Jane Welsh Carlyle and her Victorian World: A Story of Love, Work, Friendship and Marriage
The cover blurb for Jane Welsh Carlyle and Her Victorian World claims that Kathy Chamberlain “brings Carlyle out of her husband’s shadow, focusing on her as a remarkable woman and writer in her own right”. Chamberlain creates the concept of Carlyle as a “professional letter-writer”. As a reader who enjoys reading writers’ collected letters, particularly those of Virginia Woolf, herself an admirer of Carlyle, this idea appealed to me. After all, Carlyle’s letters are now in print and much read and admired.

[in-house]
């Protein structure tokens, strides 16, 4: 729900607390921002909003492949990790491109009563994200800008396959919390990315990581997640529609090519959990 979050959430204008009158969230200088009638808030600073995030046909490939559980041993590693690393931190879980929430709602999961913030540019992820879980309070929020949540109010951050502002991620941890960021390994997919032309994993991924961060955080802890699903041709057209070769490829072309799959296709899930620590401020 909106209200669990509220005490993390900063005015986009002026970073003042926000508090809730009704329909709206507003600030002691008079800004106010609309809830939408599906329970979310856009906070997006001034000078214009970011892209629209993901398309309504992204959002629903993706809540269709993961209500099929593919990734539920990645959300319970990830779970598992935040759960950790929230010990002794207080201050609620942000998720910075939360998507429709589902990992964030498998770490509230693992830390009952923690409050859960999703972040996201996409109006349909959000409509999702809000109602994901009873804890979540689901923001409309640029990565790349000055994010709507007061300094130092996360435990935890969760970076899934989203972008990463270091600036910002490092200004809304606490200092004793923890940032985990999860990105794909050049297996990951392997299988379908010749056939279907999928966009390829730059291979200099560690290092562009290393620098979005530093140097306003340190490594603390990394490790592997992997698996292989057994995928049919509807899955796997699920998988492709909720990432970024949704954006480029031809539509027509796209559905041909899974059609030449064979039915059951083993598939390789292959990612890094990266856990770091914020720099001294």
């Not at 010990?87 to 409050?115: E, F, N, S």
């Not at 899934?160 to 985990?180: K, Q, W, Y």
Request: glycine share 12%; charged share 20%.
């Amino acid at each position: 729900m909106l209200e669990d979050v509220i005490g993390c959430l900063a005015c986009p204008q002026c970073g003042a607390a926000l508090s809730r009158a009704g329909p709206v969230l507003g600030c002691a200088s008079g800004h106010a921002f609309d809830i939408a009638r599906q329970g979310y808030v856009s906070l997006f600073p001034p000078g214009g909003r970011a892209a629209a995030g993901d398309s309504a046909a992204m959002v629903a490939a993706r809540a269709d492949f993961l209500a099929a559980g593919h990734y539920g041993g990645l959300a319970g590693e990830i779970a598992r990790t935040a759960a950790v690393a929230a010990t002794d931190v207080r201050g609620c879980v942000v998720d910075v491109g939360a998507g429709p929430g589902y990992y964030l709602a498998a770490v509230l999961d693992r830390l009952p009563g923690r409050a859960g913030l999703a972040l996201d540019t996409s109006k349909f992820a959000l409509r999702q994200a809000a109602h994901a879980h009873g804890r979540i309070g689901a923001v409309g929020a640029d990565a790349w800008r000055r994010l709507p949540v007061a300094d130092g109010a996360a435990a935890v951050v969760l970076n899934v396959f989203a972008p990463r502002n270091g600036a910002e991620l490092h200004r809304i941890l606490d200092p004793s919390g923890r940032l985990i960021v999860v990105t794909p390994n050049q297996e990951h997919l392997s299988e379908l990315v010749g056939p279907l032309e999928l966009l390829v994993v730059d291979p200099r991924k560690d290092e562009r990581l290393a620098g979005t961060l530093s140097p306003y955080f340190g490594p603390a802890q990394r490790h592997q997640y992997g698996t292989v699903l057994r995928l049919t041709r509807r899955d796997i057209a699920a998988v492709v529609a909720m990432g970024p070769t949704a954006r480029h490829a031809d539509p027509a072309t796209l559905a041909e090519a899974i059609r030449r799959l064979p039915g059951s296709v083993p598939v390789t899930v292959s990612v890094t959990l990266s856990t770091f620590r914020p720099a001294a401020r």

I did not feel that this biography achieved the aim of bringing Carlyle out of her husband’s shadow. Partly because her letters focused on her environment and on other people, and partly because she was surrounded by such strong personalities (including not only Thomas Carlyle but also Jane’s fascinating friend, governess Amely Bölte), I felt that there was at times a lacuna at the centre of the book where Carlyle should have been. This improved towards the end of the book, particularly Jane’s response to Lady Ashburton, her husband’s patron, perhaps mistress. While the focus of this book may have been on her Victorian World rather than on Jane Welsh Carlyle, it was still an informative and enjoyable read.